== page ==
As a statewide funding organization that invests millions of public dollars each year, we continue to support organizations and individuals making Colorado’s outdoor spaces more accessible, safe, and welcoming–from Colorado's urban and suburban to mountain and rural communities. 

We respect the humanity of all people and are committed to addressing issues of disparity and disproportionality. Historically, some people have been prevented from enjoying the outdoors and underrepresented in outdoor projects. But we know the benefits of conservation and recreation on peoples’ lives to be multifaceted and transformational. They include better quality of life, boosted local economies, opportunities for better health and wellbeing, and stronger relationships and shared identities within communities. That’s why GOCO programs support equitable access to the outdoors and promote community-centered approaches to project development.

We encourage our partners to engage with a diversity of voices in project visioning, planning, and decision-making, especially those from Black, Indigenous, Latine, and racially and ethnically diverse people; those from people across the spectrum of sexual and gender identity; those with disabilities; and those from low-income, urban, and rural communities. And we encourage partners to consider the diverse and complex nature of identities in their definitions of “community.” By including new perspectives and representative voices in conservation and recreation efforts, projects will be more relevant, outdoor resources will better reflect the diversity of unique communities, and outcomes will be more successful.

Learning about equity issues and solutions has required a commitment of our staff’s time and intention. We know that our learning process will continue to change—and change us in the process. We acknowledge that our partners and other stakeholders are on their own paths and might be at different places in their equity journeys. And we look to our partners to help us inform and refine our own approach to best supporting and investing in them and their communities.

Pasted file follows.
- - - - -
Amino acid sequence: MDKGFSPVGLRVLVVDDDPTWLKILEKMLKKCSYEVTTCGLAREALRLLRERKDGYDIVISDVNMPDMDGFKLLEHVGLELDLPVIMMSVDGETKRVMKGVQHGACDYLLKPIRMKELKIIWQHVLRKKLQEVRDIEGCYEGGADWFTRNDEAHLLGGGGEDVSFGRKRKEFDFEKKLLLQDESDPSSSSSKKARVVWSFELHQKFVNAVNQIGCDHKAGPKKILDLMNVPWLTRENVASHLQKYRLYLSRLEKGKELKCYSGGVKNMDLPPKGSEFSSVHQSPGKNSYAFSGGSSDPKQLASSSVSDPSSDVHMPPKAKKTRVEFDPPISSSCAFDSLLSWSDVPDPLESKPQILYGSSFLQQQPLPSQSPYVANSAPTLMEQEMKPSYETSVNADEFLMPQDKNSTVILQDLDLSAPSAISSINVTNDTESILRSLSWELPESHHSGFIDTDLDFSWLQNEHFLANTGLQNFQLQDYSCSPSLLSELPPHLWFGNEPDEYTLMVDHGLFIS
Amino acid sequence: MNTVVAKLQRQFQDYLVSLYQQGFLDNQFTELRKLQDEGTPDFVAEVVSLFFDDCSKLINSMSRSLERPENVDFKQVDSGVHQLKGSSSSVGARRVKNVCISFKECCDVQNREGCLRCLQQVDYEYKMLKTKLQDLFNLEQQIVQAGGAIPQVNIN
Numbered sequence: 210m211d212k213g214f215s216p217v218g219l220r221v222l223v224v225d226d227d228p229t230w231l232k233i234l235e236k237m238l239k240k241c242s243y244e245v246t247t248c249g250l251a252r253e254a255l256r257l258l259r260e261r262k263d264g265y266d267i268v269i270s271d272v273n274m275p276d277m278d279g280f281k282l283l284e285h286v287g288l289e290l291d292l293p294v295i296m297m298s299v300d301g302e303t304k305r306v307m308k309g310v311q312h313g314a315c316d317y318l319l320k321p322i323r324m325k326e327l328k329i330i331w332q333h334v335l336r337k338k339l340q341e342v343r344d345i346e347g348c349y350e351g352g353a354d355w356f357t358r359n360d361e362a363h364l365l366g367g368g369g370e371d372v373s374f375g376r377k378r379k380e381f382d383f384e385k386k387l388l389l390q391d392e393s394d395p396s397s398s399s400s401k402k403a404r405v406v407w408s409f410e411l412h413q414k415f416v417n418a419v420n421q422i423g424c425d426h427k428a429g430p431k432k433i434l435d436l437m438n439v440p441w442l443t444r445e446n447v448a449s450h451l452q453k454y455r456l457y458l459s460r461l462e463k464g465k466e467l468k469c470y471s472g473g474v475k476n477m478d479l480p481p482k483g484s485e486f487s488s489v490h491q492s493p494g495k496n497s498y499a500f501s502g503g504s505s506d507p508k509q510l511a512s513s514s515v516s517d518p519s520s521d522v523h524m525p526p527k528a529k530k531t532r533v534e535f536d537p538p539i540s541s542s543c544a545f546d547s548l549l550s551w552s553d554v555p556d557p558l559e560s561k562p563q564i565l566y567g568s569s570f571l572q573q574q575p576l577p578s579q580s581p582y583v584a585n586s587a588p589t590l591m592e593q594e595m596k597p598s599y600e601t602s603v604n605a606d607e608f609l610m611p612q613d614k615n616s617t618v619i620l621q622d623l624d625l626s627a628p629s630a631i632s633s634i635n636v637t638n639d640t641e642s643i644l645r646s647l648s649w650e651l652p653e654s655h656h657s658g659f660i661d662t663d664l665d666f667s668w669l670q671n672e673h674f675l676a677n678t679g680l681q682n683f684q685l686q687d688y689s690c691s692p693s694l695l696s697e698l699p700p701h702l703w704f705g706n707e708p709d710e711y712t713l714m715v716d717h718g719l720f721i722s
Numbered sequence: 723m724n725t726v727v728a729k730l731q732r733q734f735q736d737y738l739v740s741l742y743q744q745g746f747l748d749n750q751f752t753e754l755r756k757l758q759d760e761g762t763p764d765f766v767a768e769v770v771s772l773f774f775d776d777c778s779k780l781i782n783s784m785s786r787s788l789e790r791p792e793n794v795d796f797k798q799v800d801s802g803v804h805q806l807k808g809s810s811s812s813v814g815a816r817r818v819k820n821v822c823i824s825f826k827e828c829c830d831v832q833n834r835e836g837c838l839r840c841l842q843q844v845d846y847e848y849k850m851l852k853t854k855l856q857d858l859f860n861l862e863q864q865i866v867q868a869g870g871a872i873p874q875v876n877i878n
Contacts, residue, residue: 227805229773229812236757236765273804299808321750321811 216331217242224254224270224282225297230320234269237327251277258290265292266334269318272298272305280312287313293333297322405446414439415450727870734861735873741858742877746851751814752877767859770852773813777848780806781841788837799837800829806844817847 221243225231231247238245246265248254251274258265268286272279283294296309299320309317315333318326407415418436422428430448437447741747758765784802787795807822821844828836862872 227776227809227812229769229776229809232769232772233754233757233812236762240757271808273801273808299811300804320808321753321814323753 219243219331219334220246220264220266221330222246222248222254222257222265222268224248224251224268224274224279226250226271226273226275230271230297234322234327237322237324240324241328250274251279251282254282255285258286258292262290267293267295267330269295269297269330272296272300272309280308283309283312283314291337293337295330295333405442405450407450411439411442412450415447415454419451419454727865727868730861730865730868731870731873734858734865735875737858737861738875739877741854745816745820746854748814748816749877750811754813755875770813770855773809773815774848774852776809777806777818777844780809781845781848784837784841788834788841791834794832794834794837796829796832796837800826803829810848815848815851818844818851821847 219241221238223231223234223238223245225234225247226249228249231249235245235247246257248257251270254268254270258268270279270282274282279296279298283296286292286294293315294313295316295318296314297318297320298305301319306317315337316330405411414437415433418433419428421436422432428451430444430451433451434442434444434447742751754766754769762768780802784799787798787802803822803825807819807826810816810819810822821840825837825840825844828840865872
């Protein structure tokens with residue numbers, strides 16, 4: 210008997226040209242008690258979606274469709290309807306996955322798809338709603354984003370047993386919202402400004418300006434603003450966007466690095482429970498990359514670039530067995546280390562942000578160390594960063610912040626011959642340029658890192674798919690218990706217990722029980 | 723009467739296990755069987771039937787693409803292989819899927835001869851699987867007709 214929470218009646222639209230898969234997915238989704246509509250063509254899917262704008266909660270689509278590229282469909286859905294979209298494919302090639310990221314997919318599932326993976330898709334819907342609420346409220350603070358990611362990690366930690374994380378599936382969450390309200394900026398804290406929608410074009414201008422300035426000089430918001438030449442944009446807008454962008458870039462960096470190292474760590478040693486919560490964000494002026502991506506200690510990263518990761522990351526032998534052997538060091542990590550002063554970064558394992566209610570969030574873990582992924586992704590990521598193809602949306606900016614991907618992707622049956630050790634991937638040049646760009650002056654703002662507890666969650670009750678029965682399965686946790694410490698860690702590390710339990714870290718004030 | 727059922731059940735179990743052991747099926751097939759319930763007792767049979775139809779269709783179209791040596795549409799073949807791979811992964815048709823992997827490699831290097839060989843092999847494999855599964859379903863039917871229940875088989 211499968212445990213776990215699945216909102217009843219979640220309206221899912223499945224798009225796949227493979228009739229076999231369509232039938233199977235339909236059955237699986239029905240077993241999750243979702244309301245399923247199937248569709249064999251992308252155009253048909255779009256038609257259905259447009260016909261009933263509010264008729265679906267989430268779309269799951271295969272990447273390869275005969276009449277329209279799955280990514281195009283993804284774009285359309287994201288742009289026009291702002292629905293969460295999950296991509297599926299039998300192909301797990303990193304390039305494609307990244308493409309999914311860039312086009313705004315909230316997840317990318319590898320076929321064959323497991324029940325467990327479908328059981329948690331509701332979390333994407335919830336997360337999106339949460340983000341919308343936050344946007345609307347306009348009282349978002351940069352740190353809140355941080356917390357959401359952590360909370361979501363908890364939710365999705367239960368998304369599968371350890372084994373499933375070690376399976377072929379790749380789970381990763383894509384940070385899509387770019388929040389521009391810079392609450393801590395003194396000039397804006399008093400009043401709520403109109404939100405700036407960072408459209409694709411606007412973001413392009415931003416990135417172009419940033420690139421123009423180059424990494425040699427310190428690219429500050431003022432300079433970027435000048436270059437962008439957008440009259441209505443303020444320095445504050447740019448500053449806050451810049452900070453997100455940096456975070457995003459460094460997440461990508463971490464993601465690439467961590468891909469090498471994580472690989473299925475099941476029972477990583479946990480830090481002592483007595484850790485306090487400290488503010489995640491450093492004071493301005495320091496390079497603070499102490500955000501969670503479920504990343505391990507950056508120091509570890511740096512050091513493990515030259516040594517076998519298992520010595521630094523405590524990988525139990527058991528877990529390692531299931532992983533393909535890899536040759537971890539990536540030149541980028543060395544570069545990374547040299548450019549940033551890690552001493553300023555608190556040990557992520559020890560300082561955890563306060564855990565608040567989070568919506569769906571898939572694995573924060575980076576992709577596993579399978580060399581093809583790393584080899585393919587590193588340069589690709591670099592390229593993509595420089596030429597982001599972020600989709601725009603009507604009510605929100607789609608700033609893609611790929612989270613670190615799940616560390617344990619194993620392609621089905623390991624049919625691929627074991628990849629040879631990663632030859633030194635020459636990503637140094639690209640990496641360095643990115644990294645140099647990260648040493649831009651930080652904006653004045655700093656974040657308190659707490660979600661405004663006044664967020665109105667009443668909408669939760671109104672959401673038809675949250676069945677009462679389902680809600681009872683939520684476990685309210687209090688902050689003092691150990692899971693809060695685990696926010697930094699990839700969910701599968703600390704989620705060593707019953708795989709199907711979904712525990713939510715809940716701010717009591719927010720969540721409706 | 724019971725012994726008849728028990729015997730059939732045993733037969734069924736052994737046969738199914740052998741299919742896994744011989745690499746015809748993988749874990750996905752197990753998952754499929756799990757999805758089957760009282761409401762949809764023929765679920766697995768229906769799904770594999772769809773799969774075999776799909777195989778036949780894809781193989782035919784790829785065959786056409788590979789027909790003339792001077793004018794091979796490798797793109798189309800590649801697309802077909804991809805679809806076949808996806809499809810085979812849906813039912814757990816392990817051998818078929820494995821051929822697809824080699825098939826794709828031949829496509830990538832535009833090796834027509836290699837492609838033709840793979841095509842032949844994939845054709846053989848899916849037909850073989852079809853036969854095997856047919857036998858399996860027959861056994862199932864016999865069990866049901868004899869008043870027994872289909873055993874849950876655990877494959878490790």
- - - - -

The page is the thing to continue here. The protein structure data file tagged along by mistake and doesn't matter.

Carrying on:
Internally here at GOCO, we’re applying equity to our own operations, re-tooling hiring practices, providing education and support opportunities for staff and board members, and creating equity-focused goals across departments. We rely on these equity principles to guide our approach to working with grantee partners and celebrating their work:

Accessibility | We work to remove barriers to ensure equitable access to funding and make grantmaking processes clear and efficient.

Community-Centered Approach | We strive to meet communities where they are. Together with partners, we consider the unique culture and needs of each community in order to fulfill its vision.

Education and Support | We provide partners with resources, training, and shared learning opportunities to support success.

Communications | We communicate with clear, accessible, and inclusive language and lift up the authentic, community-created stories of our partners.

We will help diversify representation of outdoor enthusiasts and proponents in our storytelling, to help support changing the narrative around who enjoys, is connected to, and advances recreation and conservation in Colorado. We will amplify new voices and perspectives in our role as a connector in our state’s great outdoors.

We are committed, for the long term, to advancing equity in our everyday actions, the systems we create for our work, and the opportunities we provide for our partners.

As we continue our journey in supporting and advancing equity, diversity, and inclusion values, we welcome your feedback. We’d also like to know how we can best support you in your efforts to make access to the outdoors more equitable.

Land Acknowledgment

A land acknowledgment is a statement that formally recognizes the historical and continuing connection between Indigenous peoples and their native lands. It is a social justice and decolonial practice that promotes Indigenous visibility and honors those who have stewarded Colorado’s land for generations.

In this spirit, we should never forget that the lands and waters of our beautiful state are the homeland of many tribes. They include Apache Nation, Arapaho Nation, Cheyenne Nation, Pueblo Tribes, Shoshone Tribe, and Ute Nation. We respect and honor the longstanding relationships they have with this land.

Learn more and find resources for creating your own land acknowledgement from the Native Governance Center. Reference this map of Indigenous territories, treaties, and languages across the world.